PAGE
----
Love, who hosted and played in last week’s RSM Classic, said he tried to avoid the surgery, but the pain became too much and he will undergo the procedure on Tuesday at the Andrews Sports Medicine and Orthopedic Center in Birmingham, Ala.

    “I had a hip problem the last few years, and I had a hip resurfacing trying to avoid hip surgery because I’m a chicken, but after playing [the CIMB Classic and Sanderson Farms Championship] I realized it was an uphill battle,” Love said.


    RSM Classic: Articles, photos and videos

    Full-field scores from the RSM Classic


    Love said doctors have told him recovery from the procedure will take between three to four months, but he should be able to start work on his chipping and putting within a few weeks.

    Love, who missed the cut at the RSM Classic, said earlier in the week that his goal is to become the oldest PGA Tour winner and that the only way to achieve that was by having the surgery.

    “Now I’m excited that I’ve crossed that bridge,” said Love, who will turn 54 next April. “Once I get over that I can go right back to the Tour. I won after a spine fusion [2015 Wyndham Championship] and now I’d like to win with a new hip. That’s the reason I’m doing it so I can get back to golf and keep up.”

    LPGA awards: Ryu, S.H. Park tie for POY

    By Randall MellNovember 20, 2017, 1:56 am

    NAPLES, Fla. – In the end, the CME Group Tour Championship played out a lot like the entire 2017 season did.

    Parity reigned.

    Nobody dominated the game’s big season-ending awards, though Lexi Thompson and Sung Hyun Park came close.

    Thompson walked away with the CME Globe’s $1 million jackpot and the Vare Trophy for low scoring average. If she had made that last 2-foot putt at the 72nd hole Sunday, she might also have walked away with the Rolex Player of the Year Award and the Rolex world No. 1 ranking.

    Park shared the Rolex Player of the Year Award with So Yeon Ryu. By doing so, Park joined Nancy Lopez as the only players in LPGA history to win the Player of the Year and Rookie of the Year titles in the same season. Lopez did it in 1978. Park also won the LPGA money-winning title.

    Here’s a summary of the big prizes:

    Rolex Player of the Year
    Ryu and Park both ended up with 162 points in the points-based competition. Park started the week five points behind Ryu but made the up the difference with the five points she won for tying for sixth.

    It marks the first time the award has been shared since its inception in 1966.

    Ryu and Park join Inbee Park as the only South Koreans to win the award. Park won it in 2013.


    Vare Trophy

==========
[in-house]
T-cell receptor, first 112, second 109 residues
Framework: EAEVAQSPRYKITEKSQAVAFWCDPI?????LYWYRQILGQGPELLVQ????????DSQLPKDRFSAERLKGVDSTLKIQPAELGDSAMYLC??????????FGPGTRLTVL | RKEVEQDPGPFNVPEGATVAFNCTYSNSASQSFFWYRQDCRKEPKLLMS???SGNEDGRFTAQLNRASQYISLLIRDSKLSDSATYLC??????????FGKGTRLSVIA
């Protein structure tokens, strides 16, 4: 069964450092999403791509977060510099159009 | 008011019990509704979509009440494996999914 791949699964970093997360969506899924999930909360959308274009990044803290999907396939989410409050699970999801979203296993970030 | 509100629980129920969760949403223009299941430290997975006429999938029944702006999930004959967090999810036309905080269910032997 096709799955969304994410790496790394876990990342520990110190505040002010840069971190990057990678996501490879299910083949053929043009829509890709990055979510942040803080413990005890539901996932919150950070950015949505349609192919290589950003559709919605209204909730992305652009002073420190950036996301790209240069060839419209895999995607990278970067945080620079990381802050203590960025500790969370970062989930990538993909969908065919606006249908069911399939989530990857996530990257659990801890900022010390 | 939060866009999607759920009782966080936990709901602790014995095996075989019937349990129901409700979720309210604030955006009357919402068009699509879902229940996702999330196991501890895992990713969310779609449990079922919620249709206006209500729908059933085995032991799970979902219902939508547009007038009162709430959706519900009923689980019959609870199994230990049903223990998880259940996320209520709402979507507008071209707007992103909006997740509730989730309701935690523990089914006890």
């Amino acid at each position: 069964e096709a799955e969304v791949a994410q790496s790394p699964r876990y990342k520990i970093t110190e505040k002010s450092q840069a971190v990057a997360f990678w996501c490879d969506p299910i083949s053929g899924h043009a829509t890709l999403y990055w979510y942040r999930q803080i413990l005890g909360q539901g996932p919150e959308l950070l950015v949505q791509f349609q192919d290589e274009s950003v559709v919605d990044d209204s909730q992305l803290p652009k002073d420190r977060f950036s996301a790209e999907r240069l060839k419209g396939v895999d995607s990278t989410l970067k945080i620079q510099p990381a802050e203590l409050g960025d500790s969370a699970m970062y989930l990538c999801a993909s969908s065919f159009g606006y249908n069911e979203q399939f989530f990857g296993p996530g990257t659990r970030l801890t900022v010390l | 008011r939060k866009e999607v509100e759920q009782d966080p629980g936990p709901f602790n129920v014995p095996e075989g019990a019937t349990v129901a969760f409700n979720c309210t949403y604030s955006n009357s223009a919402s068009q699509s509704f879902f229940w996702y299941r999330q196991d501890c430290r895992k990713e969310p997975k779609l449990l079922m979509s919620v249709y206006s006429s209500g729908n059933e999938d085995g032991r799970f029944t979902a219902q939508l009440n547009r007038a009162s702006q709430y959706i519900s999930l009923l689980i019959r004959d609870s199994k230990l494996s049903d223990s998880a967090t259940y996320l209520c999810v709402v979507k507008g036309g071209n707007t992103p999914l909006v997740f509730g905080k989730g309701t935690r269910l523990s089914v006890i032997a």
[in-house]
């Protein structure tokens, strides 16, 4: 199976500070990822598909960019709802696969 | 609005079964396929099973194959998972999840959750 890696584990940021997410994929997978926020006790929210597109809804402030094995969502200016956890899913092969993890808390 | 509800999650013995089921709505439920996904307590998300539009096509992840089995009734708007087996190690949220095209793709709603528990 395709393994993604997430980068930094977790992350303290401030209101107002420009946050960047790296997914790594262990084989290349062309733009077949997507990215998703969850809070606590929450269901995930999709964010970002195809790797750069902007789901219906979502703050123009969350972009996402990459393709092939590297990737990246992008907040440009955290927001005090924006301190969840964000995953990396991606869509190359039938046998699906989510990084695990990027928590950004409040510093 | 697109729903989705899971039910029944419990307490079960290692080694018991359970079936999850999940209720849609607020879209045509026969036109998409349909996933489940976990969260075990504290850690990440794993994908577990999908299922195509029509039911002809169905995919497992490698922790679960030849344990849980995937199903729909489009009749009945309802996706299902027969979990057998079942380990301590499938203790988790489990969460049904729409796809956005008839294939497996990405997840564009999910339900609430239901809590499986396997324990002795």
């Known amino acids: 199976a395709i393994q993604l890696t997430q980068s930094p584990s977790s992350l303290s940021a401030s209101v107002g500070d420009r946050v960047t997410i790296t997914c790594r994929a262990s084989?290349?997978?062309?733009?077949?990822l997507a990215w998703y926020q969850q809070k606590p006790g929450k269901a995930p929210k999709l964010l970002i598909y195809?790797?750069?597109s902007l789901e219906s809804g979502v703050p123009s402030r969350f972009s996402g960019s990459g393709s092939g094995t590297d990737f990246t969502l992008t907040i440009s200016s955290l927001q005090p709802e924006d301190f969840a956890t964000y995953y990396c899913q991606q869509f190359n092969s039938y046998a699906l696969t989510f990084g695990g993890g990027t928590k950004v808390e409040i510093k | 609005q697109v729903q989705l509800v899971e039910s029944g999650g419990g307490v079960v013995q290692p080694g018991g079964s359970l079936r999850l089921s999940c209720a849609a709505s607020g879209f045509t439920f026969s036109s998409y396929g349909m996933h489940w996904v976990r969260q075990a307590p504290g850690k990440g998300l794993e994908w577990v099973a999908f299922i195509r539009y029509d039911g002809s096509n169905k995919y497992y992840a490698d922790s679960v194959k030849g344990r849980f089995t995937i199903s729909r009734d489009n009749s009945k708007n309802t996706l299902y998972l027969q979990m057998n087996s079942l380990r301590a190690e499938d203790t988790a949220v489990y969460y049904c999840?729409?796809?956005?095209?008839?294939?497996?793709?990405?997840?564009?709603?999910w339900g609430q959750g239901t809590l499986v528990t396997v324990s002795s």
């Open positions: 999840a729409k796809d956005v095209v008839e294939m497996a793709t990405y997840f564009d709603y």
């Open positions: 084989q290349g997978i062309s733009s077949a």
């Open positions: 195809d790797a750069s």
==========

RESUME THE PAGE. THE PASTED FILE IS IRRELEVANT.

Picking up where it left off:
Thompson won the award with a scoring average of 69.114. Sung Hyun Park finished second at 69.247. Park needed to finish at least nine shots ahead of Thompson at the CME Group Tour Championship to win the trophy.

    There were a record 12 players with scoring averages under 70.0 this year, besting the previous record of five, set last year.


    CME Globe $1 million prize
    Thompson entered the week first in the CME points reset, but it played out as a two-woman race on the final day. Park needed to finish ahead of Thompson in the CME Group Tour Championship to overtake her for the big money haul. Thompson tied for second in the tournament while Park tied for sixth.

    By winning the CME Group Tour Championship, Jutanugarn had a shot at the $1 million, but she needed Park to finish the tournament eighth or worse and Thompson to finish ninth or worse.


    LPGA money-winning title
    Park claimed the title with $2,335,883 in earnings. Ryu was second, with $1,981,593 in earnings.

    The tour saw a tour-record 17 players win $1 million or more this season, two more than did so last year.

    Ryu came into the week as the only player who could pass Park for the title, but Ryu needed to win to do so.


    Rolex world No. 1 ranking
    The top ranking was up for grabs at CME, with No. 1 Feng, No. 2 Sung Hyun Park and No. 3 So Yeon Ryu all within three hundredths of a ranking point. Even No. 4 Lexi Thompson had a chance to grab the top spot if she won, but in the end nobody could overtake Feng. Her reign will extend to a second straight week.


    Rolex Rookie of the Year
    Park ran away with the award with her U.S. Women’s Open and Canadian Pacific Women’s Open victories among her 11 top-10 finishes. She had the award locked up long before she arrived for the season-ending CME Group Tour Championship.

    Ko ends first winless season with T-16 at CME

    By Randall MellNovember 20, 2017, 1:07 am

    NAPLES, Fla. – Lydia Ko carved a hybrid 3-iron to 15 feet and ended the most intensely scrutinized year of her young career with a birdie Sunday at the CME Group Tour Championship.

    “Nice to finish the season on a high note,” Ko said after posting a 3-under-par 69, good for a tie for 16th. “Obviously, not a top-10 finish, but I played really solid. I feel like I finished the season off pretty strong.”

    Ko posted two second-place finishes, a third-place finish and a tie for fifth in her last eight starts.

    “Ever since Indy [in early September], I played really good and put myself in good positions,” Ko said. “I felt like the confidence factor was definitely higher than during the middle of the year. I had some opportunities, looks for wins.”

    Sunday marked the end of Ko’s first winless season since she began playing LPGA events at 15 years old.

    Let the record show, she left with a smile, eager to travel to South Korea to spend the next month with family after playing a charity event in Bradenton, Fla., on Monday.


    CME Group Tour Championship: Articles, photos and videos

    Full-field scores from the CME Group Tour Championship


    Much was made of Ko beginning the year with sweeping changes, with new equipment (PXG), a new coach (Gary Gilchrist) and a new caddie (Peter Godfrey).

    In the final summary, it wasn’t a Ko-like year, not by the crazy high standards she has set.

    She saw her run of 85 consecutive weeks at No. 1 end in June. She arrived in Naples holding on to the No. 8 ranking. She ends the year 13th on the LPGA money list with $1,177,450 in earnings. It’s the first time she hasn’t finished among the top three in money in her four full years on tour. She did log 11 top-10 finishes overall, three second-place finishes.

    How did she evaluate her season?

    “I feel like it was a better year than everyone else thinks, like `Lydia is in a slump,’” Ko said. “I feel like I played solid.

    “It's a season that, obviously, I learned a lot from ... the mental aspect of saying, `Hey, get over the bads and kind of move on.’”

    Ko said she learned a lot watching Stacy Lewis deal with her run of second-place finishes after winning so much.

    “Winning a championship is a huge deal, but, sometimes, it's overrated when you haven't won,” Ko said. “Like, you're still playing well, but just haven't won. I kind of feel like it's been that kind of year.

    “I think everybody has little ups and downs.”